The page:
Hain has also been ruthless in evaluating existing Jason products. President Irwin Simon told NFM that Hain cut 400 Jason SKUs, some of which were making as little as $20 a year for the company. Jacobson wouldn't elaborate on which SKUs were cut. "There were some massage oils, some hand and body lotions, some shampoos," he says. "It really doesn't matter because they don't exist anymore."
Jacobson prefers to talk about the innovations at Zia. "That's really where we're going to be putting a huge effort." At Natural Products Expo West, Hain plans to debut a Zia natural microdermabrasion line and Brilliance, an essential oil-based skin care system for women over age 50.
Also debuting will be a Jason salon hair care line designed to compete with Giovanni.
All of this innovation has made other companies in the natural personal care industry attentive rather than nervous, at least publicly. "I don't know if [Hain's R&D efforts] are changing our industry. We've always had a whole lot of innovation," says Heberto Calves, director of marketing for Gardiner, N.Y.-based Kiss My Face.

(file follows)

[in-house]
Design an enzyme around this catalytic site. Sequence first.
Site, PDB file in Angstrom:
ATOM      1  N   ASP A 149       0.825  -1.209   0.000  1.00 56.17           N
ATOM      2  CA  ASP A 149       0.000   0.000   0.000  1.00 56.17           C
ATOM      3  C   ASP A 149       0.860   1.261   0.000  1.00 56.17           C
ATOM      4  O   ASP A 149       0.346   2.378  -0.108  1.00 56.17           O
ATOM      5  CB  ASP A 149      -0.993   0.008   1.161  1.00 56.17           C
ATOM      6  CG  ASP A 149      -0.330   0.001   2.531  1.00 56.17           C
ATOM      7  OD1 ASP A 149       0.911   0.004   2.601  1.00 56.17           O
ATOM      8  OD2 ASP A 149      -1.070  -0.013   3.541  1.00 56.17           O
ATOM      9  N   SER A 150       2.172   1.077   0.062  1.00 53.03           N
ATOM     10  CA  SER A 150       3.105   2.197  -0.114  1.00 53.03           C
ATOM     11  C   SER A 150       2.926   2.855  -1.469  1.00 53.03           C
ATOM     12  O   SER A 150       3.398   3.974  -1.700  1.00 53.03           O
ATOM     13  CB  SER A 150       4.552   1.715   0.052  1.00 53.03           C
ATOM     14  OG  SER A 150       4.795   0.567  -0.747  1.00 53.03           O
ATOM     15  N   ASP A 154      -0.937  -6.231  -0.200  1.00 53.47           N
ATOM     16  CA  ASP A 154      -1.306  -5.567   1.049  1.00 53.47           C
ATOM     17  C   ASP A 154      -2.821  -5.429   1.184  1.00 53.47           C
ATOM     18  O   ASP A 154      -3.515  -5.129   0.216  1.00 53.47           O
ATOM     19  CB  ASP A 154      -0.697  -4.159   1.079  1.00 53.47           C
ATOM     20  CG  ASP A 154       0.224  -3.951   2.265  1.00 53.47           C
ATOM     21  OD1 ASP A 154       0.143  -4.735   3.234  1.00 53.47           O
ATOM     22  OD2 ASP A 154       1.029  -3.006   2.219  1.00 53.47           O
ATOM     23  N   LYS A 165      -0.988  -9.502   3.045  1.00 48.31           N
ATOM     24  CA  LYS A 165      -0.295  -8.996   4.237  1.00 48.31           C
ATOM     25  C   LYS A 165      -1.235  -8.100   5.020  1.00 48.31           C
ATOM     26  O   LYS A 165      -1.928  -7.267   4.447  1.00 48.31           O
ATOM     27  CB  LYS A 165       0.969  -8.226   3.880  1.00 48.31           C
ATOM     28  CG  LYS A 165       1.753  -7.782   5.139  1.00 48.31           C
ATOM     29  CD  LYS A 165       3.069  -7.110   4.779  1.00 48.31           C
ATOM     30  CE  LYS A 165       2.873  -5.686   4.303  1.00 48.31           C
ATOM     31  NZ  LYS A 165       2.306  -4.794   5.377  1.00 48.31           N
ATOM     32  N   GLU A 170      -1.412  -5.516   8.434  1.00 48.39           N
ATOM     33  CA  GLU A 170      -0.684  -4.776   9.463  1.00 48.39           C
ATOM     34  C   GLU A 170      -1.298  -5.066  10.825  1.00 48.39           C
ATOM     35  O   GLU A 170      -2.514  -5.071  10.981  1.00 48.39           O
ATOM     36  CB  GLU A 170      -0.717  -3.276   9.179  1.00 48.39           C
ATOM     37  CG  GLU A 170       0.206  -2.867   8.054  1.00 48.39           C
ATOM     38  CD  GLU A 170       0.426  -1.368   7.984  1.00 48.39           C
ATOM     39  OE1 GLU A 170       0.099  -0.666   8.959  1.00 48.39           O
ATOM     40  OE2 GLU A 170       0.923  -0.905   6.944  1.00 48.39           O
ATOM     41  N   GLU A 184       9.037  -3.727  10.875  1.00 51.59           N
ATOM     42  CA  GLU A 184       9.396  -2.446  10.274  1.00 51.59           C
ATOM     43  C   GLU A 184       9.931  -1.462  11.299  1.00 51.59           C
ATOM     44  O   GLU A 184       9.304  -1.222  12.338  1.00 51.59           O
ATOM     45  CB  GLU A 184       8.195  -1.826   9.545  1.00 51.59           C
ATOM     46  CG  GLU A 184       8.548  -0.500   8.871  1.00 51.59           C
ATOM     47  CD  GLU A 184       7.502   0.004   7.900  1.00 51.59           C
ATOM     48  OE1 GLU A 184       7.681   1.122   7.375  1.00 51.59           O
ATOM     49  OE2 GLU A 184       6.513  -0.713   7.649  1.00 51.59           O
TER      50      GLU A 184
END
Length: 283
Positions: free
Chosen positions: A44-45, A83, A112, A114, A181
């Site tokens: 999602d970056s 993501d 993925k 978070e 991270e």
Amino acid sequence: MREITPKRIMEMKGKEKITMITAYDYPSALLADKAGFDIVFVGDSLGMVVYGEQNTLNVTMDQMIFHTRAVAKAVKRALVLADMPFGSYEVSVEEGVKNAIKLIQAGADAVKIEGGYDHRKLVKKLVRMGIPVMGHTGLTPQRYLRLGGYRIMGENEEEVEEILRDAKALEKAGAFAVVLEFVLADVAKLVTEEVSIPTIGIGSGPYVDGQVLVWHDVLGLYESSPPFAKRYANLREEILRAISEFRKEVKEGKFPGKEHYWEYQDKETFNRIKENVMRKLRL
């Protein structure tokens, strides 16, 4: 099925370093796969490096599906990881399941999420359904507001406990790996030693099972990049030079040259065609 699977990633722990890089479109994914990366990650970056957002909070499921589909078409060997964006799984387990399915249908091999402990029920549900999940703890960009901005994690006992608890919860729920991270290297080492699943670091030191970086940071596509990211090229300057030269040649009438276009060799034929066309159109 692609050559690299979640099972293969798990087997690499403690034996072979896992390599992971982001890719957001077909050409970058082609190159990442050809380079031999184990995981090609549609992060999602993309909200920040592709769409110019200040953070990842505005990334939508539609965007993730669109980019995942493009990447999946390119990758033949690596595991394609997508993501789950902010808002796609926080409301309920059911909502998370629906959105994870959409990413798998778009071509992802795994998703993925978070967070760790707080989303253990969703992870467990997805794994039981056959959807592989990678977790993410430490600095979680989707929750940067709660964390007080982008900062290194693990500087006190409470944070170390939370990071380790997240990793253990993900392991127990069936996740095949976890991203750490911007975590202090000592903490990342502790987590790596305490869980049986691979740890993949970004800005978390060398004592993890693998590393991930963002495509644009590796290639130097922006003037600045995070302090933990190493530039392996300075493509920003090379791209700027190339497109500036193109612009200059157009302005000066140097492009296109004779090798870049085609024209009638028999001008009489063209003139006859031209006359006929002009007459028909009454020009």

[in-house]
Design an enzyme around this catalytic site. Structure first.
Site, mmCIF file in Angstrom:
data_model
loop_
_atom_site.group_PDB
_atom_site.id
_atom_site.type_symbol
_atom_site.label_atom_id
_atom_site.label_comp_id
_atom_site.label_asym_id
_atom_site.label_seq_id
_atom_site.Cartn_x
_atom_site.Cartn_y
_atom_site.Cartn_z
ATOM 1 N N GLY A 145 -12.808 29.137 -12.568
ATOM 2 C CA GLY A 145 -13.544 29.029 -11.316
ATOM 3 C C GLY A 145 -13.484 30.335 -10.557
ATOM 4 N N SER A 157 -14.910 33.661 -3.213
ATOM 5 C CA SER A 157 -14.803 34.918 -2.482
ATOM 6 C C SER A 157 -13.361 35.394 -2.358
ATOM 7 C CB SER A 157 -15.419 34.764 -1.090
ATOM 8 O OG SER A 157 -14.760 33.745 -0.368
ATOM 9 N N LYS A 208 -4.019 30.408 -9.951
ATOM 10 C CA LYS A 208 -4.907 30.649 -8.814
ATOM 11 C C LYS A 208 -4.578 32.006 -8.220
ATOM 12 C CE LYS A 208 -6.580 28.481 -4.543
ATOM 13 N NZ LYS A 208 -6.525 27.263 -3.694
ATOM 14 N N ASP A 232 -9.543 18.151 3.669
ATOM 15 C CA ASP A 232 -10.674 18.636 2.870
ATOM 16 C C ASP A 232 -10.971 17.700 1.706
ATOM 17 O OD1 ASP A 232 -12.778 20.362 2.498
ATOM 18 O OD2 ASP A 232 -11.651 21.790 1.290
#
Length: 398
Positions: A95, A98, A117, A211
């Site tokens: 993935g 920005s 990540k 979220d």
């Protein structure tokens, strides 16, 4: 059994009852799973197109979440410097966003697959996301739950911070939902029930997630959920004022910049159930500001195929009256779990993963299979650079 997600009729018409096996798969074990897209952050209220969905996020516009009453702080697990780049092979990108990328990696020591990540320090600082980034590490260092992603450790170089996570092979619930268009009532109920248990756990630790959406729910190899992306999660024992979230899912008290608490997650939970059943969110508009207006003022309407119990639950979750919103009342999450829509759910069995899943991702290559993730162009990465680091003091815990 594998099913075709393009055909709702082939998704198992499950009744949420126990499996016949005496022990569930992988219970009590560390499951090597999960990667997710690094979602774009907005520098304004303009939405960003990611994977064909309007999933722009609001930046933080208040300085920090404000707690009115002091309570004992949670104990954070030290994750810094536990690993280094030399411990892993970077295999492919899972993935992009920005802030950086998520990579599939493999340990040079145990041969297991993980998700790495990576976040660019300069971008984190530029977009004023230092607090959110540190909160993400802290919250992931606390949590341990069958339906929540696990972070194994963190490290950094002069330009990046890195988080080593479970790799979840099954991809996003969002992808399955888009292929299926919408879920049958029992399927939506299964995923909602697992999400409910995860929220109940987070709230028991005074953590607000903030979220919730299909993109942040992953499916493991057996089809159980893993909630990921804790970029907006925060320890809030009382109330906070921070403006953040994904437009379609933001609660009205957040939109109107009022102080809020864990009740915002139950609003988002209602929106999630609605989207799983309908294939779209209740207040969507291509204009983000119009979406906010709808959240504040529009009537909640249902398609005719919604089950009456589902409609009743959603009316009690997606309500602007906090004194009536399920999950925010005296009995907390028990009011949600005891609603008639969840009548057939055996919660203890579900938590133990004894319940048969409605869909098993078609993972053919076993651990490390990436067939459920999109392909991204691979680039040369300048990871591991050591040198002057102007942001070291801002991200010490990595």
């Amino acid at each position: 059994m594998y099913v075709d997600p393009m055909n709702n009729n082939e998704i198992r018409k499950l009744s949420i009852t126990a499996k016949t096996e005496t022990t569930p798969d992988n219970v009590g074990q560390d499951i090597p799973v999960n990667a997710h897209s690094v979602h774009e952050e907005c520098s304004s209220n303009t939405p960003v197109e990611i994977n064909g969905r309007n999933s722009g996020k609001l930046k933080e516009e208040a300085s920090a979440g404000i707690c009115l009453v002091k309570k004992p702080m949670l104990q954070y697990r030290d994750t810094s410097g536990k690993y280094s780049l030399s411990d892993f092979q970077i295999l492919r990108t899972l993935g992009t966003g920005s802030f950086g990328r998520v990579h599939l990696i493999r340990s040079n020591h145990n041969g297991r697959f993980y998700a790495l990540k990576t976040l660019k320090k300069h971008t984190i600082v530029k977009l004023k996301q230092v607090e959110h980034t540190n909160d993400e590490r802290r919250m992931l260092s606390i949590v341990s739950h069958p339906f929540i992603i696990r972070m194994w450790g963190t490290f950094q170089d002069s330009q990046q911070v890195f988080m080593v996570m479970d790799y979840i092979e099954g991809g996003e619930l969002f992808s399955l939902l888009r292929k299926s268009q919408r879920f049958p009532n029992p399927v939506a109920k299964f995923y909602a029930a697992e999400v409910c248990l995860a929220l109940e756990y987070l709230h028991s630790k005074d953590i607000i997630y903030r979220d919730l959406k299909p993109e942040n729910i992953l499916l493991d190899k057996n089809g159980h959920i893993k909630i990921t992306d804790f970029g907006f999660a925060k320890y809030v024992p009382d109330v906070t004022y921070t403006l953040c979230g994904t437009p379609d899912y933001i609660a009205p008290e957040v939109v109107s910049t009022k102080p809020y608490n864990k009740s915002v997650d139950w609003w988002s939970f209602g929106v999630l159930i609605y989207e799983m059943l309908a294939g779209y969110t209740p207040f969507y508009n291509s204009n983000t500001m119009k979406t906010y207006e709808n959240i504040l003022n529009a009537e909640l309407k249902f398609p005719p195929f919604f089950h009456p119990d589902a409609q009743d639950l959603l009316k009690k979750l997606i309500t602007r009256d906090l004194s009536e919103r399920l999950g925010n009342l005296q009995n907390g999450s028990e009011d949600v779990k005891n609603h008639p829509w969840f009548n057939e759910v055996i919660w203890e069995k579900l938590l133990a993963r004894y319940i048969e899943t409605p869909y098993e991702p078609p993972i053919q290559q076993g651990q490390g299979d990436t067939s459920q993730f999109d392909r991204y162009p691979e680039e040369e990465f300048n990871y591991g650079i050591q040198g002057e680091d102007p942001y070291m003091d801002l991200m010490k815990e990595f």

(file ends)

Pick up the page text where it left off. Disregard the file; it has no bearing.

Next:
However, Calves acknowledges, "We've been putting pressure on ourselves to innovate more with existing line extensions and new lines," not necessarily because of competition from Hain, but because the "overall industry is just maturing. More retailers want to carry our things, and there are more tip-of-the-iceberg products—peptides, green tea, white tea—and we have to stay on top of it." Calves believes Hain's large personal care R&D budget may help the company by creating consumer trust in the efficacy of its products, but that can also aid smaller companies like Kiss My Face. "Having a publicly traded company in our industry kind of takes that [consumer trust] game and brings it to us."